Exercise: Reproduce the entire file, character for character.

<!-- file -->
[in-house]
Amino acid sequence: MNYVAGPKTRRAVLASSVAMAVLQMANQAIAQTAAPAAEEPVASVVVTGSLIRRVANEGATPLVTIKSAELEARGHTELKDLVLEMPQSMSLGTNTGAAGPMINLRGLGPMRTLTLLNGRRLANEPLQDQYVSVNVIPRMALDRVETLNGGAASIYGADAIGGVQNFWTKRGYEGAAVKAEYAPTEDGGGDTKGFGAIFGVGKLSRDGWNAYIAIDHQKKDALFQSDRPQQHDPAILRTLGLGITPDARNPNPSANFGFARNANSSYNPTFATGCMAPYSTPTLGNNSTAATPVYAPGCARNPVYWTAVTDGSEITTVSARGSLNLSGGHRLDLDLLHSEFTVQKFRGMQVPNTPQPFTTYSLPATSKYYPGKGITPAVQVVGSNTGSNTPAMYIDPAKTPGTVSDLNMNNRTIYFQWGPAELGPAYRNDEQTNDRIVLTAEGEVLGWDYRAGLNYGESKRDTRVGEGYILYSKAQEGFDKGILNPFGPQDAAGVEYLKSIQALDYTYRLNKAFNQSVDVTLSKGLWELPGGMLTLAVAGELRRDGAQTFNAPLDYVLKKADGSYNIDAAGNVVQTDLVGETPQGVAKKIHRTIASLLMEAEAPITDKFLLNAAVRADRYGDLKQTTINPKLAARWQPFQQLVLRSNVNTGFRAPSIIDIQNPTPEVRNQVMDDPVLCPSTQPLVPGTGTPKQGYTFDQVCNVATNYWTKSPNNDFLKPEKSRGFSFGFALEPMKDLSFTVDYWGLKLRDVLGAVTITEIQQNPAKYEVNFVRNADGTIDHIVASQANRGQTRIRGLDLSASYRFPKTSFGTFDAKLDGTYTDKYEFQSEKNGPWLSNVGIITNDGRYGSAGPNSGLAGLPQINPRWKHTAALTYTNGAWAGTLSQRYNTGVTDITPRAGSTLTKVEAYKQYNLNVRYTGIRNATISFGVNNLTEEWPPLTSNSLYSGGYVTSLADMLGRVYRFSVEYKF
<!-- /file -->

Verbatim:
[in-house]
Amino acid sequence: MNYVAGPKTRRAVLASSVAMAVLQMANQAIAQTAAPAAEEPVASVVVTGSLIRRVANEGATPLVTIKSAELEARGHTELKDLVLEMPQSMSLGTNTGAAGPMINLRGLGPMRTLTLLNGRRLANEPLQDQYVSVNVIPRMALDRVETLNGGAASIYGADAIGGVQNFWTKRGYEGAAVKAEYAPTEDGGGDTKGFGAIFGVGKLSRDGWNAYIAIDHQKKDALFQSDRPQQHDPAILRTLGLGITPDARNPNPSANFGFARNANSSYNPTFATGCMAPYSTPTLGNNSTAATPVYAPGCARNPVYWTAVTDGSEITTVSARGSLNLSGGHRLDLDLLHSEFTVQKFRGMQVPNTPQPFTTYSLPATSKYYPGKGITPAVQVVGSNTGSNTPAMYIDPAKTPGTVSDLNMNNRTIYFQWGPAELGPAYRNDEQTNDRIVLTAEGEVLGWDYRAGLNYGESKRDTRVGEGYILYSKAQEGFDKGILNPFGPQDAAGVEYLKSIQALDYTYRLNKAFNQSVDVTLSKGLWELPGGMLTLAVAGELRRDGAQTFNAPLDYVLKKADGSYNIDAAGNVVQTDLVGETPQGVAKKIHRTIASLLMEAEAPITDKFLLNAAVRADRYGDLKQTTINPKLAARWQPFQQLVLRSNVNTGFRAPSIIDIQNPTPEVRNQVMDDPVLCPSTQPLVPGTGTPKQGYTFDQVCNVATNYWTKSPNNDFLKPEKSRGFSFGFALEPMKDLSFTVDYWGLKLRDVLGAVTITEIQQNPAKYEVNFVRNADGTIDHIVASQANRGQTRIRGLDLSASYRFPKTSFGTFDAKLDGTYTDKYEFQSEKNGPWLSNVGIITNDGRYGSAGPNSGLAGLPQINPRWKHTAALTYTNGAWAGTLSQRYNTGVTDITPRAGSTLTKVEAYKQYNLNVRYTGIRNATISFGVNNLTEEWPPLTSNSLYSGGYVTSLADMLGRVYRFSVEYKF